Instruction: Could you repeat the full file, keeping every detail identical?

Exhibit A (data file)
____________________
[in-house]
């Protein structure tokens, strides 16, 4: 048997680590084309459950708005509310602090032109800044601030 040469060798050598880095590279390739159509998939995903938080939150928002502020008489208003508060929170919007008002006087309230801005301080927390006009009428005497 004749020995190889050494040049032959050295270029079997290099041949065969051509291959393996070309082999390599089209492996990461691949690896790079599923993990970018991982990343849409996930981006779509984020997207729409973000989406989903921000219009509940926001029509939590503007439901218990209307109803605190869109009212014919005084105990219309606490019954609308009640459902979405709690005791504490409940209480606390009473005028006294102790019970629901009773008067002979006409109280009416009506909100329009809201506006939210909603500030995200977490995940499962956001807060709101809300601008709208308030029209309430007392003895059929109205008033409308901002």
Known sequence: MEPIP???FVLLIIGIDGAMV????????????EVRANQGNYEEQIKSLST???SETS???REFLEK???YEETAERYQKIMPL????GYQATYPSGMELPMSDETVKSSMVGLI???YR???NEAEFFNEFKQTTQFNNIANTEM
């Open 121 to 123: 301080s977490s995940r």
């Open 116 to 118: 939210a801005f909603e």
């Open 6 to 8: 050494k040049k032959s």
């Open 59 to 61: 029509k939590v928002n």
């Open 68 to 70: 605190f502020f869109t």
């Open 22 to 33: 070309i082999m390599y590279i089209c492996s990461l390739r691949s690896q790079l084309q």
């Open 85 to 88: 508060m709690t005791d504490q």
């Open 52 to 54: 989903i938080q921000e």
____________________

[in-house]
């Protein structure tokens, strides 16, 4: 048997680590084309459950708005509310602090032109800044601030 040469060798050598880095590279390739159509998939995903938080939150928002502020008489208003508060929170919007008002006087309230801005301080927390006009009428005497 004749020995190889050494040049032959050295270029079997290099041949065969051509291959393996070309082999390599089209492996990461691949690896790079599923993990970018991982990343849409996930981006779509984020997207729409973000989406989903921000219009509940926001029509939590503007439901218990209307109803605190869109009212014919005084105990219309606490019954609308009640459902979405709690005791504490409940209480606390009473005028006294102790019970629901009773008067002979006409109280009416009506909100329009809201506006939210909603500030995200977490995940499962956001807060709101809300601008709208308030029209309430007392003895059929109205008033409308901002």
Known sequence: MEPIP???FVLLIIGIDGAMV????????????EVRANQGNYEEQIKSLST???SETS???REFLEK???YEETAERYQKIMPL????GYQATYPSGMELPMSDETVKSSMVGLI???YR???NEAEFFNEFKQTTQFNNIANTEM
């Open 121 to 123: 301080s977490s995940r």
């Open 116 to 118: 939210a801005f909603e």
């Open 6 to 8: 050494k040049k032959s």
């Open 59 to 61: 029509k939590v928002n």
């Open 68 to 70: 605190f502020f869109t």
């Open 22 to 33: 070309i082999m390599y590279i089209c492996s990461l390739r691949s690896q790079l084309q």
């Open 85 to 88: 508060m709690t005791d504490q």
């Open 52 to 54: 989903i938080q921000e």